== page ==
Poverty and Hunger
Students learn how poverty and hunger are related.
- define key terms related to poverty and hunger.
- create a monthly budget for a family of four.
- discuss poverty, wages, and hunger.
"Official USDA Food Plans: Cost of Food at Home at Four Levels, U.S. Average." United States Department of Agriculture. Web.
- minimum wage
- federal poverty level
- USDA food guide
- recommended daily allowance
- dietary reference intake
- household income
- poverty line
- standard of living
- working poor
In a brief written reflection, address the questions:
- Who is hungry in America?
- What circumstances cause food insecurity?
- What circumstances cause hunger?
"Official USDA Food Plans: Cost of Food at Home at Four Levels, U.S. Average, July 2014." United States Department of Agriculture, July 2014. Web. https://www.cnpp.usda.gov/USDAFoodPlansCostofFood/reports
Introduce students to vocabulary and key terms: Minimum wage, federal poverty level, USDA food guide, recommended daily allowances (RDA), dietary reference intake, household income, poverty line, standard of living, and working poor.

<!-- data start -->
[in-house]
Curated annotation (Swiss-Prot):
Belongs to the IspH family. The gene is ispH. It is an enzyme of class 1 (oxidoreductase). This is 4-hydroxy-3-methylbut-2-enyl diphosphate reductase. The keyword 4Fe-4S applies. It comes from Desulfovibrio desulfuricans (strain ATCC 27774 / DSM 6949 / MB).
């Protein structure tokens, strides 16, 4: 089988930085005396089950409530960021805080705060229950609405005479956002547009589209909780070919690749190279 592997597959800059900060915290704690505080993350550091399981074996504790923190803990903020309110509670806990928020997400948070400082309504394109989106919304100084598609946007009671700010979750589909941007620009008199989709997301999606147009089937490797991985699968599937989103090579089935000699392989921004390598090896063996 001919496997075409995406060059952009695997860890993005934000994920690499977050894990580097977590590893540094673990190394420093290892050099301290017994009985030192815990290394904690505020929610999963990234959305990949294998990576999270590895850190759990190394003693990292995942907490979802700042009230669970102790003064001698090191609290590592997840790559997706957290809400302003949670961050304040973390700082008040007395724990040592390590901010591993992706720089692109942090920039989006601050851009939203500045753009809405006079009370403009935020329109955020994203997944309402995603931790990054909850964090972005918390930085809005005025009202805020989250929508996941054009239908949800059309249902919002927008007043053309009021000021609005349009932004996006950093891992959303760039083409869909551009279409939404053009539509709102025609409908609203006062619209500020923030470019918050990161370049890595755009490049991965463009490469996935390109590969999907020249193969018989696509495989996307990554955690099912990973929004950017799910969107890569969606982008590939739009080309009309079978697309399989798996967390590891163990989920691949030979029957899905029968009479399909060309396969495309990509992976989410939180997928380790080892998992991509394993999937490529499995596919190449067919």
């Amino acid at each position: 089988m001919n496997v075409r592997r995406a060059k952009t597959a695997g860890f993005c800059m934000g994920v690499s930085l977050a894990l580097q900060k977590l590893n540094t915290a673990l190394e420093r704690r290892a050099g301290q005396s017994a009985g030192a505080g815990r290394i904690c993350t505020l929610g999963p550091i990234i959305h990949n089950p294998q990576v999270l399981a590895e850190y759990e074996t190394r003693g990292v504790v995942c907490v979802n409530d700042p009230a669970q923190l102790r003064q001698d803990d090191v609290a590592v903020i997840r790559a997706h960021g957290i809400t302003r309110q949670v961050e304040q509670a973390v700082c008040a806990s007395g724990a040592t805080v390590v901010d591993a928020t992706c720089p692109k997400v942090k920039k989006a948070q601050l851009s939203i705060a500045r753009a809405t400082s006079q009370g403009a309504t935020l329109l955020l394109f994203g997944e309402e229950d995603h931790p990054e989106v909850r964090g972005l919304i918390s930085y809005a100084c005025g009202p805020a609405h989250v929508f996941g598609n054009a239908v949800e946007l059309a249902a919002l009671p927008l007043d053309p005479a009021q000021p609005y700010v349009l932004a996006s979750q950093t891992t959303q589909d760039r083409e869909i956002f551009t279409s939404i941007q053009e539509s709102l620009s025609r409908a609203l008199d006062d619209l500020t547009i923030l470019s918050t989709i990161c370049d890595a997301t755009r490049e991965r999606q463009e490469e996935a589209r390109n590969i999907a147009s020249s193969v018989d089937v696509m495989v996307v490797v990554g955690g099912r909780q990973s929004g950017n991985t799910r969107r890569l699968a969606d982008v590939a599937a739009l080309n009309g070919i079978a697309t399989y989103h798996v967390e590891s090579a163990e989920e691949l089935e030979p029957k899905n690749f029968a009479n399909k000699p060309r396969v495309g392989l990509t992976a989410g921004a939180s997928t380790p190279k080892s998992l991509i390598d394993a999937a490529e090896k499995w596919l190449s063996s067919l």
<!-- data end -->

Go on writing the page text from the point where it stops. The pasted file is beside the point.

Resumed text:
Give students a copy of the "Official USDA Food Plans" (printout or Internet access) and ask them to review it.
Ask students to create a monthly food budget for a family of four, using the USDA cost estimates on the webpage they reviewed.
After they create their budgets, have them talk about the other costs of raising a family. Discuss why the phrase "heat or eat" is used in homes living in poverty.
Note: the USDA has a calculator to help families calculate the cost of raising a child found on this page http://www.cnpp.usda.gov/
Follow up with the discussion questions:
- How could a working class family have one or more full time workers and still be poor?
- What programs or services could help make life more manageable for your family?
- What roadblocks exist that may hinder eligibility for and access to these programs?
- How does poverty contribute to nutritional deprivation?
- Do you think minimum wage should be adjusted or inflated? Why or why not?
Ask students to write a reflection in their personal journals.
Students answer discussion and reflection questions.